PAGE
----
dpreview.com’s review of the Olympus E-520 dSLR

Written by Gary on August 21st, 2008

dpreview.com have just published their detailed review of the Olympus E520, and I thought it deserves a few comments, feel free to add your own to this post.

Now dpreview.com is one of my favorite photography websites, but I feel the reviewers usually get bogged down in the small differences between image quality of sensors that most people really don’t need to worry about, while missing out on the much more important aspects of the camera fitting into a much wider system of lenses and its main utility.

I don’t think too many people would argue that the Four Thirds sensors have marginally less dynamic range and more image noise at high ISO than the larger sensor APS-C, DX or full frame dSLRs.

But these cameras can still produce a great 20″x30″ print if you are careful with ensuring you are using a good lens, expose well, focus well with aperture wider than diffraction limit of f/5.6-8, and ensure minimal camera shake (which is helped by the IS system). Indeed the Olympus cameras have arguably one of the best in-camera jpeg processing engine to minimise need for photographers to have to resort to Photoshop, etc to get the best images – this, along with the relative ease of use makes these cameras great for those getting into dSLR photography without being too intimidated.

The reviewers really miss the main reasons why you would want to buy the E520 – its not the camera that you are buying it for – after all the camera will depreciate to almost worthless within 3-5 years like any digital SLR.

Why do I buy Olympus dSLRs?

(ps.. I also am happy to consider buying Canon/Nikon full frame dSLRs too but for different reasons – I am not confined to Olympus – I buy cameras for what they can allow me to do, not for their brand name)

Primarily its for their portability in terms of weight, size when combined with their great range of high quality lenses whilst still achieving very acceptable high quality images and in-built IS, dust protection and live preview for when I need it.

If you don’t take your camera with you, it doesn’t matter how good the sensor or image quality potential is, and this is where Olympus comes in – I can take two bodies with 7-14mm and a 50-200mm lens attached and capture almost any type of creative photo I want without getting tired carrying them, AND they provide some unique photo creativity as mentioned in previous posts.

It’s a pity dpreview.com reviewers or perhaps its the nature of their review format which does not allow them to look more clearly at the big picture.

Whilst it is true that its direct competitors have caught up in camera functionality such that the E520 in itself does not have as much lead in functionality over its competitors as the E510 did when it was brought out, there is still a significant difference in the range and quality of quality lenses designed for the sensor than is available for the competitor lenses in APS-C or DX format.

The E520 does add some potentially useful benefits over the E510 such as improved shadow detail, contrast-detection AF in live preview, a second panning mode to IS, but perhaps more importantly, it allows use of wireless TTL flash photography via the new R designated Olympus flash units.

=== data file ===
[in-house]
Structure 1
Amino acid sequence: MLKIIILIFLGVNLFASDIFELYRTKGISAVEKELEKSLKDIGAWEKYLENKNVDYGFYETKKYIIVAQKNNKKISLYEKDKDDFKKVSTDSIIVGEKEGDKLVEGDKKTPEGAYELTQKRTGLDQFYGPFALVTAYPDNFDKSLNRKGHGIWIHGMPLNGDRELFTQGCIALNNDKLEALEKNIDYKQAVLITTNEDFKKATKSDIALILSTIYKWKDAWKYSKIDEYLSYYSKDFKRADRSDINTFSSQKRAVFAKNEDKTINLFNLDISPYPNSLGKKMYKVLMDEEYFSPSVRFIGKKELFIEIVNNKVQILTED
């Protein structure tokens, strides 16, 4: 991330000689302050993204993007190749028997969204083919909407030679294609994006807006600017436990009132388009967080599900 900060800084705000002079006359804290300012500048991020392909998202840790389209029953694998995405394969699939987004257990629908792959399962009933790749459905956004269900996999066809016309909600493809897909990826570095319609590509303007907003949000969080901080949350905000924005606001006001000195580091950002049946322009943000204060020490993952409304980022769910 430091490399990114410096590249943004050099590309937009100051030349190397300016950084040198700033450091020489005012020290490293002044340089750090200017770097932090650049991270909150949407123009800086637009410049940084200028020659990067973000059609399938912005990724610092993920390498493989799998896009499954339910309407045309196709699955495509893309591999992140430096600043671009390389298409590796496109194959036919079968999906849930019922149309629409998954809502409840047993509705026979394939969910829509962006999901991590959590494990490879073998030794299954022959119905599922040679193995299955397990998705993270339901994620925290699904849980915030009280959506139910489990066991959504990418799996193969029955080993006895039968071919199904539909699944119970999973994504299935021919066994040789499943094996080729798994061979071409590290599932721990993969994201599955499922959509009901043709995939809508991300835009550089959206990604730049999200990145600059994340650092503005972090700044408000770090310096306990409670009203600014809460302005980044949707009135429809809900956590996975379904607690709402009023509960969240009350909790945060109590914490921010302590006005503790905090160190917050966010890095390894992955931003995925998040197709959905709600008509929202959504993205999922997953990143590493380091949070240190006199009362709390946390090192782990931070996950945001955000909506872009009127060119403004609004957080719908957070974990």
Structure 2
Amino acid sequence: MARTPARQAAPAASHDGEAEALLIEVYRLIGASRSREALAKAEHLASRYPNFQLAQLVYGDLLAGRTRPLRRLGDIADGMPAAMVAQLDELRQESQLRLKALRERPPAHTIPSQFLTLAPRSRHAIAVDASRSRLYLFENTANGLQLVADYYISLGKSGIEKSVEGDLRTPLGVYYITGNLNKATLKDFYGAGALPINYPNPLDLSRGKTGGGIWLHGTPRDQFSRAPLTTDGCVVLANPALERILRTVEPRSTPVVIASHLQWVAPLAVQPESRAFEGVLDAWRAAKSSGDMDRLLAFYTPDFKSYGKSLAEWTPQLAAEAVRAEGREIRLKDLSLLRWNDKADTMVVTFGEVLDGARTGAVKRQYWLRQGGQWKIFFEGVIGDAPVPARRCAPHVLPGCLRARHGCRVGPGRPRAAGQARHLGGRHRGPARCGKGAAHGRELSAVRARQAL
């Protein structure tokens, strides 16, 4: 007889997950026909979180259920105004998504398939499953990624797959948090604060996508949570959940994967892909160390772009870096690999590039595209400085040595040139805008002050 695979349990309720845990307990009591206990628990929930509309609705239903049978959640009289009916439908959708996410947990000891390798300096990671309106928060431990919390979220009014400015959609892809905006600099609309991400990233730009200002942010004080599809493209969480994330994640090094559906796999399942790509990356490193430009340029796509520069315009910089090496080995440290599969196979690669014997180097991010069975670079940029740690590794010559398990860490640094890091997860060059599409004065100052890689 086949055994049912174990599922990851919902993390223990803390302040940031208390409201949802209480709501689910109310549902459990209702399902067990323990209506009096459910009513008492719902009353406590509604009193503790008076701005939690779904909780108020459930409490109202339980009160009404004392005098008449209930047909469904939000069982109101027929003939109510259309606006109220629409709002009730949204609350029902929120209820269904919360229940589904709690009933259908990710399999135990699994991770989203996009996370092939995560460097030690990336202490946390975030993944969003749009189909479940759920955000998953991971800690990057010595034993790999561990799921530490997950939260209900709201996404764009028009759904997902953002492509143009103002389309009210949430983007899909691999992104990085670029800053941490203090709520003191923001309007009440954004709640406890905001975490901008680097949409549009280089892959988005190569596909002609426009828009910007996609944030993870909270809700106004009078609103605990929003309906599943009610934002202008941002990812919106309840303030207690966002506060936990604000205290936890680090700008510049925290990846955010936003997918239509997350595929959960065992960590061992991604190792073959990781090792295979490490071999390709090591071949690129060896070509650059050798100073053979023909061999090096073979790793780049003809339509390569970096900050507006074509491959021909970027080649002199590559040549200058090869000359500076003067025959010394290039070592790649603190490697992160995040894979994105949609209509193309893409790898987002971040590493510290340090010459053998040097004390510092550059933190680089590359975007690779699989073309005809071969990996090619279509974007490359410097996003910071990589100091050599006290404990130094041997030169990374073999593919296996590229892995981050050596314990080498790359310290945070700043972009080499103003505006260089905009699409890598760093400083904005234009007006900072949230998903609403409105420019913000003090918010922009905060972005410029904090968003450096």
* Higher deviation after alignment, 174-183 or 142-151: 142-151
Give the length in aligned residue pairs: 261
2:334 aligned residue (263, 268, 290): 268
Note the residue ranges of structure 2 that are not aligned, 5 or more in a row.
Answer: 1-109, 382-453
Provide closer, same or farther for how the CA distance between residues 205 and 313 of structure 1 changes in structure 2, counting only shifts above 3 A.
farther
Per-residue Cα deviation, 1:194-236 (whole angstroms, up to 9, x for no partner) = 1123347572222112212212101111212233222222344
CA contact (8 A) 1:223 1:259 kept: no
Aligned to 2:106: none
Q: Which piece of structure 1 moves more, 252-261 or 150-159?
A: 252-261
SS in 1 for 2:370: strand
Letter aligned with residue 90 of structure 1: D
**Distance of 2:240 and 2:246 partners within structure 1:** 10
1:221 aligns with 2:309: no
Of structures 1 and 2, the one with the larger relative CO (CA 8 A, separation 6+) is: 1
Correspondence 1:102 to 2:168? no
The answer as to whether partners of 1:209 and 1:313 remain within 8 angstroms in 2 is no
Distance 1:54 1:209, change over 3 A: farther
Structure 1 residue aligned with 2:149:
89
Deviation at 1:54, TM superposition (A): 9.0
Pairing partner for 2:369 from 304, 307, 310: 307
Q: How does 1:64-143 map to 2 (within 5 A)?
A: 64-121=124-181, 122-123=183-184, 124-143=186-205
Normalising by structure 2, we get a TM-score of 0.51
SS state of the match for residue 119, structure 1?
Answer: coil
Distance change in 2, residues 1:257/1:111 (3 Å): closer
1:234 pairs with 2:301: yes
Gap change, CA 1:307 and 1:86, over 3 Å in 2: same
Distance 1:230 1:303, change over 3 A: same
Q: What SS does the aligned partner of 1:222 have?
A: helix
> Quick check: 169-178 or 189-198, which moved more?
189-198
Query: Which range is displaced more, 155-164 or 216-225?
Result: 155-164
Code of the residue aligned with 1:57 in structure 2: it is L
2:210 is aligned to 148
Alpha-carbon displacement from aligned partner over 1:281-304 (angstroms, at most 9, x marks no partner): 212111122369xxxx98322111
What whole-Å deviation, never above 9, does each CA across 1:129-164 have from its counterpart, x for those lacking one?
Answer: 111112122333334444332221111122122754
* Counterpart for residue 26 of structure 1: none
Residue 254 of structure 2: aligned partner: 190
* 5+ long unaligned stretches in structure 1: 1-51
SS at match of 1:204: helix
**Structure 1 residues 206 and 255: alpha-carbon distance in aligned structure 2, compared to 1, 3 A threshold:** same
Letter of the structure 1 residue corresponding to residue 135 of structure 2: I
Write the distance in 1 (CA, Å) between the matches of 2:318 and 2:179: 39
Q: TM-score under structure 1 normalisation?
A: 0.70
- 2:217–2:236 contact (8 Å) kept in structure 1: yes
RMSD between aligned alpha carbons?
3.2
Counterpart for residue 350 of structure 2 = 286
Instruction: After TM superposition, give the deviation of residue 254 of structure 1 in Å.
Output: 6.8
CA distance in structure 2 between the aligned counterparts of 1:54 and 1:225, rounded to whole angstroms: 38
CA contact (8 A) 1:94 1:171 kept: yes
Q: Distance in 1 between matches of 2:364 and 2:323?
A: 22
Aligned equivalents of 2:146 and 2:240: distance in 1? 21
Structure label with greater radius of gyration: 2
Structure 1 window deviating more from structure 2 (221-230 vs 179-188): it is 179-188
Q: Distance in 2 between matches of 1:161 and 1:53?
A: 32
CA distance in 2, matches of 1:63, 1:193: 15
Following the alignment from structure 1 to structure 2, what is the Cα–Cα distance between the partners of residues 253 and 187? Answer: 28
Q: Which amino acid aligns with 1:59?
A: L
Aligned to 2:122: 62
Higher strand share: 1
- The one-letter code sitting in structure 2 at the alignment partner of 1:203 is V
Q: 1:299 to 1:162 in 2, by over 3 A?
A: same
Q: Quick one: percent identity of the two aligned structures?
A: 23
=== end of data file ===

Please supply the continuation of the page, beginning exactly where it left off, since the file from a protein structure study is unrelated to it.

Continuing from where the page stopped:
If I had a choice of an E510 or a E520 at double the price (I am not sure of actual current price differences), I would probably go for the E510 unless I really needed the wireless TTL flash capability and I was going to buy a R designated flash to use it with (eg. Olympus FL-50R or FL-36R flash) or I wanted an underwater housing (don’t think Olympus ever made them for the E510).

I hope in my haste, these comments make sense.


4 Comments so far ↓

  1. Geir says:

    You write:

    I can take two bodies with 7-14mm and a 50-200mm lens attached and capture almost any type of creative photo I want without getting tired carrying them,

    What about the 11-22 or 12-60 as an alternative to the 7-14? I ask because of the cost of the latter, and because I wonder if the area between 14 and 22 is something you might miss when capturing your images.
    Would you say that the sharpness is the same with the 11-22 as with the 7-14, or is it a class of it’s own?

  2. admin says:

    Either the ZD 11-22mm or the ZD 12-60mm or even the ZD 14-54mm would be great adjuncts to accompany the 50-200mm instead of the much more expensive 7-14mm lens.
    I would be happy taking any two of these outfits walking.

  3. admin says:

    When using the 7-14mm with 50-200mm there is a gap of 14-50mm (28-100mm in 35mm terms).
    I cover this most often by carrying the 14-42mm kit lens which is really light and compact as a 3rd lens.

    If I had a 14-54 or 12-60mm then I MIGHT consider carrying 3 medium size lenses such as these but given I like to try things different to what most photographers capture, I tend to favour the extremes of focal length range – any point and shoot can get the 28-100mm range in 35mm terms albeit not with the same quality.

    Having said this, when I need maximum quality for landscape/seascape shots I tend to get the tripod out plus Canon 1DMIII plus Canon EF 24-105mmL lens or 45mm tilt-shift lens for architecture, etc, but this is big, heavy, and not fun to carry around all day.

  4. Geir says:

    Which in fact means I should be happy with my 14-54 for now.